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Research Papers

Coupled Deformation Modes in the Large Deformation Finite Element Analysis: Generalization

[+] Author and Article Information
Oleg N. Dmitrochenko

Department of Mechanical Engineering, Lappeenranta University of Technology, Skinnarilankatu 34, 53851 Lappeenranta, Finland

Bassam A. Hussein, Ahmed A. Shabana

Department of Mechanical Engineering, University of Illinois at Chicago, 842 West Taylor Street, Chicago, IL 60607-7022

J. Comput. Nonlinear Dynam 4(2), 021002 (Mar 06, 2009) (8 pages) doi:10.1115/1.3079682 History: Received June 08, 2007; Revised August 21, 2008; Published March 06, 2009

The effect of the absolute nodal coordinate formulation (ANCF)–coupled deformation modes on the accuracy and efficiency when higher order three-dimensional beam and plate finite elements are used is investigated in this study. It is shown that while computational efficiency can be achieved in some applications by neglecting the effect of some of the ANCF-coupled deformation modes, such modes introduce geometric stiffening/softening effects that can be significant in the case of very flexible structures. As shown in previous publications, for stiff structures, the effect of the ANCF-coupled deformation modes can be neglected. For such stiff structures, the solution does not strongly depend on some of the ANCF-coupled deformation modes, and formulations that include these modes lead to numerical results that are in good agreement with formulations that exclude them. In the case of a very flexible structure, on the other hand, the inclusion of the ANCF-coupled deformation modes becomes necessary in order to obtain an accurate solution. In this case of very flexible structures, the use of the general continuum mechanics approach leads to an efficient solution algorithm and to more accurate numerical results. In order to examine the effect of the elastic force formulation on the efficiency and the coupling between different modes of deformation, three different models are used again to formulate the elastic forces in the absolute nodal coordinate formulation. These three methods are the general continuum mechanics approach, the elastic line (midsurface) approach, and the elastic line (midsurface) approach with the Hellinger–Reissner principle. Three-dimensional absolute nodal coordinate formulation beam and plate elements are used in this study. In the general continuum mechanics approach, the coupling between the cross section deformation and the beam centerline or plate midsurface displacement is considered, while in the approaches based on the elastic line and the Hellinger–Reissner principle, this coupling is neglected. In addition to the fully parametrized beam element used in this study, three different plate elements, two fully parametrized and one reduced order thin plate elements, are used. The numerical results obtained using different finite elements and elastic force formulations are compared in this study.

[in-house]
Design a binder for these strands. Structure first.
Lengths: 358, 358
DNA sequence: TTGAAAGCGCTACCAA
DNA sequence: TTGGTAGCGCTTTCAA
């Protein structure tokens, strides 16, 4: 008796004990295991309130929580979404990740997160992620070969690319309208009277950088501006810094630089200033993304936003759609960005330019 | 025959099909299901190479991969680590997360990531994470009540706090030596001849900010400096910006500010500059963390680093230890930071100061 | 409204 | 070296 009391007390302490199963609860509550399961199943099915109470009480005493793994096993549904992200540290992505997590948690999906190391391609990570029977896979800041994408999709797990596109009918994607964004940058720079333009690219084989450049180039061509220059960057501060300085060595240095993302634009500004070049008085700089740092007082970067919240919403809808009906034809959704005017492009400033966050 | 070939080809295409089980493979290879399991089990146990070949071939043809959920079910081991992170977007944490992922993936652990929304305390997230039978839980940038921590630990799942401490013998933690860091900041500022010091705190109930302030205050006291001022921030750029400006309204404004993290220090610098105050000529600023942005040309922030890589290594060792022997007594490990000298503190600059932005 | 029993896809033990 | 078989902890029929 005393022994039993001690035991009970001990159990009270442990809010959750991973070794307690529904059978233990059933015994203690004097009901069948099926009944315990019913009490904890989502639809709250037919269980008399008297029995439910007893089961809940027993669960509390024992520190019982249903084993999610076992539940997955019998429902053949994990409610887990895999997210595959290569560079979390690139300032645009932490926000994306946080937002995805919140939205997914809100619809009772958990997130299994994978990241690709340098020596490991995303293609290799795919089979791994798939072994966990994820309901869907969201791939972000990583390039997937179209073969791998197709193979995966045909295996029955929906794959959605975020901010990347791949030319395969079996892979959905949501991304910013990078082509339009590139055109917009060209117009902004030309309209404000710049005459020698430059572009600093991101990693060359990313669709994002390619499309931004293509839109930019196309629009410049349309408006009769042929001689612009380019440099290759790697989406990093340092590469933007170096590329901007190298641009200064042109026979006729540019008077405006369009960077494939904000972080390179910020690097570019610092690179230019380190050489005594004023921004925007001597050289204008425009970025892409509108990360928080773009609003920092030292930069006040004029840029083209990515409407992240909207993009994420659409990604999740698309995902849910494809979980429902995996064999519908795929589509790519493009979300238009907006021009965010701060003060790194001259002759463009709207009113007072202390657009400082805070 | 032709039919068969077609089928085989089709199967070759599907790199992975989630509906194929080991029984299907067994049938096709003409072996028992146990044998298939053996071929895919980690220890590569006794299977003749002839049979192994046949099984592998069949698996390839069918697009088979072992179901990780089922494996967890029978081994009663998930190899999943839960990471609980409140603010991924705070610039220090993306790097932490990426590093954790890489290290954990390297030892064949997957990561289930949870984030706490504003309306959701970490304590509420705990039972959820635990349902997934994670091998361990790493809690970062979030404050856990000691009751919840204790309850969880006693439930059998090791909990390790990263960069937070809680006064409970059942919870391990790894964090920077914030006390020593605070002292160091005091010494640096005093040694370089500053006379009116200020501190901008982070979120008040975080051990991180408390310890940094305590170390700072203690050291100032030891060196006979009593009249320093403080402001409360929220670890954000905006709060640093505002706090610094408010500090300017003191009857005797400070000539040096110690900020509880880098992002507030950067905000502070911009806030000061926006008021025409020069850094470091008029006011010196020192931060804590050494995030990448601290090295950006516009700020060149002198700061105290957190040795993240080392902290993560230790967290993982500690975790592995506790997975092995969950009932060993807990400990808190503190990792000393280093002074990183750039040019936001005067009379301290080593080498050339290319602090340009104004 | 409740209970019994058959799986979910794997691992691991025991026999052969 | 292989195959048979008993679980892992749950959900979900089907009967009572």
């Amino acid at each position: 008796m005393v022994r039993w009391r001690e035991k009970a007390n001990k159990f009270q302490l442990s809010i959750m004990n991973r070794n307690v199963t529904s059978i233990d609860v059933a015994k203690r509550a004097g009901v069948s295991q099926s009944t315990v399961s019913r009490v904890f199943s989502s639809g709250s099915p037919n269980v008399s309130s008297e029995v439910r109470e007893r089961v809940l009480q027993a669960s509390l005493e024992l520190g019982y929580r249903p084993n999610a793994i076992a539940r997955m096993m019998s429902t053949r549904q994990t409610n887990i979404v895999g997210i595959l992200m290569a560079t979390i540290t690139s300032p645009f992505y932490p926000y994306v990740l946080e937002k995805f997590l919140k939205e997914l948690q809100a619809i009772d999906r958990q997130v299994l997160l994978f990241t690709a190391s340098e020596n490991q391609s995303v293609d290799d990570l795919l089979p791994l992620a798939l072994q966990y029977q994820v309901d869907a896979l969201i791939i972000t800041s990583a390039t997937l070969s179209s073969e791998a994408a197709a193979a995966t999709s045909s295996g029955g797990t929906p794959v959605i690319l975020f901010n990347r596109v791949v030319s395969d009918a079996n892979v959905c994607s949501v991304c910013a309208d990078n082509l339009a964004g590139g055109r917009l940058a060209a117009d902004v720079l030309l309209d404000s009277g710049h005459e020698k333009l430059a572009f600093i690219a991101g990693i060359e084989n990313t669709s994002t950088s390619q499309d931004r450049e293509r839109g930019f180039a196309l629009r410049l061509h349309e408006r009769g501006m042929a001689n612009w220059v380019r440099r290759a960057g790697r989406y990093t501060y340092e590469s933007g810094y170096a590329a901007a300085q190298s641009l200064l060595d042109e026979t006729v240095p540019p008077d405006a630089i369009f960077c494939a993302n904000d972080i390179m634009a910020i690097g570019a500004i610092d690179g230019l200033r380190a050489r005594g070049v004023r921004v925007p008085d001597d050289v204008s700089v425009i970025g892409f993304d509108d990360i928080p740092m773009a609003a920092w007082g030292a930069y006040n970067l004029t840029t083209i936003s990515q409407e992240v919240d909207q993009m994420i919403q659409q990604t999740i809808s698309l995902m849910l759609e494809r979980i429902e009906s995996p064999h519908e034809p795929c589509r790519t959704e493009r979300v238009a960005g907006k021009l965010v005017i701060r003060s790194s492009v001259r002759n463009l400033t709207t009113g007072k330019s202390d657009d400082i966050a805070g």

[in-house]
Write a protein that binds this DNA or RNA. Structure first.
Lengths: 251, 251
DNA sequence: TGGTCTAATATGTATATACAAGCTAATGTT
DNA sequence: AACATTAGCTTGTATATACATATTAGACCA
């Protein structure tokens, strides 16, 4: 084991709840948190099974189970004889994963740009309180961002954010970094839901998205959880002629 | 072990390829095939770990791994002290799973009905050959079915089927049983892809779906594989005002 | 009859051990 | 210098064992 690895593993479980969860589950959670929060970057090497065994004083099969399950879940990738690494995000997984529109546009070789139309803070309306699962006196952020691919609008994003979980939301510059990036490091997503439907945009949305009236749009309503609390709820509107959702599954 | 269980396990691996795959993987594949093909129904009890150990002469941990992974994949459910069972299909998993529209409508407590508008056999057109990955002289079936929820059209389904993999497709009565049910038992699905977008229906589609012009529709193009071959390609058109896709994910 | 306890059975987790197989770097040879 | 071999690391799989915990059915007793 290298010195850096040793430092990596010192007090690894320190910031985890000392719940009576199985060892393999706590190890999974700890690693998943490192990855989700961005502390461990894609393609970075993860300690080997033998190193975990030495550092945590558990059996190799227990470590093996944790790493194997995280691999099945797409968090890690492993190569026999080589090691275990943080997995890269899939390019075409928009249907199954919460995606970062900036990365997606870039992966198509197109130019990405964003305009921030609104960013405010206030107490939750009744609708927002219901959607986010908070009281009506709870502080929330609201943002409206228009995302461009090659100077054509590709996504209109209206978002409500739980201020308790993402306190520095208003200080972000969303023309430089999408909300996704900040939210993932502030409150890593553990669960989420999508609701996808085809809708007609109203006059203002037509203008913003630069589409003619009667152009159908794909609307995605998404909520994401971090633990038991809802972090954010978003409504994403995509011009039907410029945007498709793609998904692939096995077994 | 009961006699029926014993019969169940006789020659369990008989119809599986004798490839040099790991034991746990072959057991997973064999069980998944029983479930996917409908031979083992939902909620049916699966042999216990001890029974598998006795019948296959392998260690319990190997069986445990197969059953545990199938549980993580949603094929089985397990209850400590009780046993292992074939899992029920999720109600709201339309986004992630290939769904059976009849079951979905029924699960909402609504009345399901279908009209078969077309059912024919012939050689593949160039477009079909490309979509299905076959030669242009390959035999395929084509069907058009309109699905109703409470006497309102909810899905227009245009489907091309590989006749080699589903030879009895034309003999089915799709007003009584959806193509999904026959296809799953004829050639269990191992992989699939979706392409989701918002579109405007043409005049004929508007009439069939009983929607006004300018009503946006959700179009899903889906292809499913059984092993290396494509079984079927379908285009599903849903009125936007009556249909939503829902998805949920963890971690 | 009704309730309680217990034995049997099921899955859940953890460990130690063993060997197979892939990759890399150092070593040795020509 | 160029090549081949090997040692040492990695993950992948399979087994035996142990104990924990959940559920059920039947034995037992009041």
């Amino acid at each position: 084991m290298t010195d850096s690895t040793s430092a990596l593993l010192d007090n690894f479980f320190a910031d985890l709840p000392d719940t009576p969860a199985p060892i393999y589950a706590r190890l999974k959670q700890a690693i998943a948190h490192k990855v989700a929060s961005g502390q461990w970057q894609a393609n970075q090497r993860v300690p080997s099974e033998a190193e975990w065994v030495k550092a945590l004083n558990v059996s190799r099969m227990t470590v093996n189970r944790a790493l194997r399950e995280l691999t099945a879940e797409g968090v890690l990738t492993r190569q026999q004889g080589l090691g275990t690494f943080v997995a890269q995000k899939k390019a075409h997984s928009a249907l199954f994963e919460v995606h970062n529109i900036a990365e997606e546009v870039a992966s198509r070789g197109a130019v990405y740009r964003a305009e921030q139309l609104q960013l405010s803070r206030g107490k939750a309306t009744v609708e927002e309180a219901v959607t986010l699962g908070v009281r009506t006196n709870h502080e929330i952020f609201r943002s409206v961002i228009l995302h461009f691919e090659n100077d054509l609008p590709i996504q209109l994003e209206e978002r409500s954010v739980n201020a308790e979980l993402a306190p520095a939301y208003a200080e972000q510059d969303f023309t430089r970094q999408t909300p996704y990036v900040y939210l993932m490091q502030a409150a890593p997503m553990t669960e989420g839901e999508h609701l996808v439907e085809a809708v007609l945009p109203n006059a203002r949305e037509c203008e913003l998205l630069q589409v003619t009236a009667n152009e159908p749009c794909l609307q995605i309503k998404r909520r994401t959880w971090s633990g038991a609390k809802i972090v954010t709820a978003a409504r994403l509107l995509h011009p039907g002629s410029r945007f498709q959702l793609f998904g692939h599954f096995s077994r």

Copyright © 2009 by American Society of Mechanical Engineers
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Figures

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Figure 1

Motion description in the absolute nodal coordinate formulation

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Figure 2

Three-dimensional beam element

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Figure 3

Thin plate element

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Figure 4

Fully parametrized plate element

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Figure 5

Slider-crank mechanism

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Figure 6

Midpoint transverse deformation

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Figure 7

Midpoint transverse deformation using continuum mechanics approach (—◼—, 4-elements; —●—, 8-elements; —▲—, 20-elements)

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Figure 8

Midpoint transverse deformation using elastic line approach (—◼—, 4-elements; —●—, 8-elements; —▲—, 20-elements)

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Figure 9

Midpoint transverse deformation using the Hellinger–Reissner principle (—◼—, 4-elements; —●—, 8-elements; —▲—, 20-elements)

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Figure 10

Midpoint transverse deformation using the neo-Hookean constitutive model (—◼—, 4-elements; —●—, 8-elements; —▲—, 20-elements)

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Figure 11

Midpoint transverse deformation (—◼—, continuum mechanics; —●—, elastic line; —▲—, Hellinger–Reissner; —▼—, neo-Hookean)

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Figure 12

Flexible plate example

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Figure 13

Point Q vertical position using the plate A model (—◼—, 4-elements; —●—, 9-elements; —▲—, 16-elements)

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Figure 14

Point Q vertical position using the plate B model (—◼—, 4-elements; —●—, 9-elements; —▲—, 16-elements)

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Figure 15

Point Q vertical position using the thin plate model (—◼—, 4-elements; —●—, 9-elements; —▲—, 16-elements)

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Figure 16

Point Q vertical position (—◼—, plate A; —●—, plate B; —▲—, thin plate)

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